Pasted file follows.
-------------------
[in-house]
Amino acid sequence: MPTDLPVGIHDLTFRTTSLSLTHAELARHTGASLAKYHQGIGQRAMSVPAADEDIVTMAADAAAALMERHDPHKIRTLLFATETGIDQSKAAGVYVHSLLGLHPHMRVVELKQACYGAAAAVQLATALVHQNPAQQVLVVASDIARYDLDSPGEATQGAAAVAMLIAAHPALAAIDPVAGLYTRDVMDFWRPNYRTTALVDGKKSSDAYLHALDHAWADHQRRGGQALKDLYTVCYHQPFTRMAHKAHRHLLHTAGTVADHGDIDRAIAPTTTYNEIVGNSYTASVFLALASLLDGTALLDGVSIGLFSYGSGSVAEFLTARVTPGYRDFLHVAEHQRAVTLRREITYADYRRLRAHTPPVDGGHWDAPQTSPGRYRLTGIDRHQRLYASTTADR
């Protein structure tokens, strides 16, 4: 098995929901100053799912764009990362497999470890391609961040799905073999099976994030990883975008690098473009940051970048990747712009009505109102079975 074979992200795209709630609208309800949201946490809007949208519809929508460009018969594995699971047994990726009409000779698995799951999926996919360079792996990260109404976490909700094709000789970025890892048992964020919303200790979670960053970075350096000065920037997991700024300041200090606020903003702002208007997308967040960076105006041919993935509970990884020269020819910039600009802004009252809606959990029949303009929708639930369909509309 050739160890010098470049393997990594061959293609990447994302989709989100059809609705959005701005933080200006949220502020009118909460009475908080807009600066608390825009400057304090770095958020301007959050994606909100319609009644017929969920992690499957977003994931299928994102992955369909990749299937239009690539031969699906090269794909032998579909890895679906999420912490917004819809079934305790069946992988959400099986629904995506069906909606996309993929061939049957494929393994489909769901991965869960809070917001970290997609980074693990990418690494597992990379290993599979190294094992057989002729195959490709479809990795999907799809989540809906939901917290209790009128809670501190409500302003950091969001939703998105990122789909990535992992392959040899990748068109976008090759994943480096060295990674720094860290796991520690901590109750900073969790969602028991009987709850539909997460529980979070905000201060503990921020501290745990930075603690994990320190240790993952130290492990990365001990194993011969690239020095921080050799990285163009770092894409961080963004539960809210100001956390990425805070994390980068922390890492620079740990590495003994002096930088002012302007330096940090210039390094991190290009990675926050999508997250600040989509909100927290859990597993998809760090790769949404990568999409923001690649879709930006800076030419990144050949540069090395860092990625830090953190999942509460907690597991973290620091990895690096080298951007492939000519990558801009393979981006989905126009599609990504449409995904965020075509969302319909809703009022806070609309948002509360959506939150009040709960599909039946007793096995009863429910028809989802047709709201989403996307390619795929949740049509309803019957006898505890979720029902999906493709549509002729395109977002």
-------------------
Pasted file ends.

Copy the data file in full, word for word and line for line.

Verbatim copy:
[in-house]
Amino acid sequence: MPTDLPVGIHDLTFRTTSLSLTHAELARHTGASLAKYHQGIGQRAMSVPAADEDIVTMAADAAAALMERHDPHKIRTLLFATETGIDQSKAAGVYVHSLLGLHPHMRVVELKQACYGAAAAVQLATALVHQNPAQQVLVVASDIARYDLDSPGEATQGAAAVAMLIAAHPALAAIDPVAGLYTRDVMDFWRPNYRTTALVDGKKSSDAYLHALDHAWADHQRRGGQALKDLYTVCYHQPFTRMAHKAHRHLLHTAGTVADHGDIDRAIAPTTTYNEIVGNSYTASVFLALASLLDGTALLDGVSIGLFSYGSGSVAEFLTARVTPGYRDFLHVAEHQRAVTLRREITYADYRRLRAHTPPVDGGHWDAPQTSPGRYRLTGIDRHQRLYASTTADR
């Protein structure tokens, strides 16, 4: 098995929901100053799912764009990362497999470890391609961040799905073999099976994030990883975008690098473009940051970048990747712009009505109102079975 074979992200795209709630609208309800949201946490809007949208519809929508460009018969594995699971047994990726009409000779698995799951999926996919360079792996990260109404976490909700094709000789970025890892048992964020919303200790979670960053970075350096000065920037997991700024300041200090606020903003702002208007997308967040960076105006041919993935509970990884020269020819910039600009802004009252809606959990029949303009929708639930369909509309 050739160890010098470049393997990594061959293609990447994302989709989100059809609705959005701005933080200006949220502020009118909460009475908080807009600066608390825009400057304090770095958020301007959050994606909100319609009644017929969920992690499957977003994931299928994102992955369909990749299937239009690539031969699906090269794909032998579909890895679906999420912490917004819809079934305790069946992988959400099986629904995506069906909606996309993929061939049957494929393994489909769901991965869960809070917001970290997609980074693990990418690494597992990379290993599979190294094992057989002729195959490709479809990795999907799809989540809906939901917290209790009128809670501190409500302003950091969001939703998105990122789909990535992992392959040899990748068109976008090759994943480096060295990674720094860290796991520690901590109750900073969790969602028991009987709850539909997460529980979070905000201060503990921020501290745990930075603690994990320190240790993952130290492990990365001990194993011969690239020095921080050799990285163009770092894409961080963004539960809210100001956390990425805070994390980068922390890492620079740990590495003994002096930088002012302007330096940090210039390094991190290009990675926050999508997250600040989509909100927290859990597993998809760090790769949404990568999409923001690649879709930006800076030419990144050949540069090395860092990625830090953190999942509460907690597991973290620091990895690096080298951007492939000519990558801009393979981006989905126009599609990504449409995904965020075509969302319909809703009022806070609309948002509360959506939150009040709960599909039946007793096995009863429910028809989802047709709201989403996307390619795929949740049509309803019957006898505890979720029902999906493709549509002729395109977002």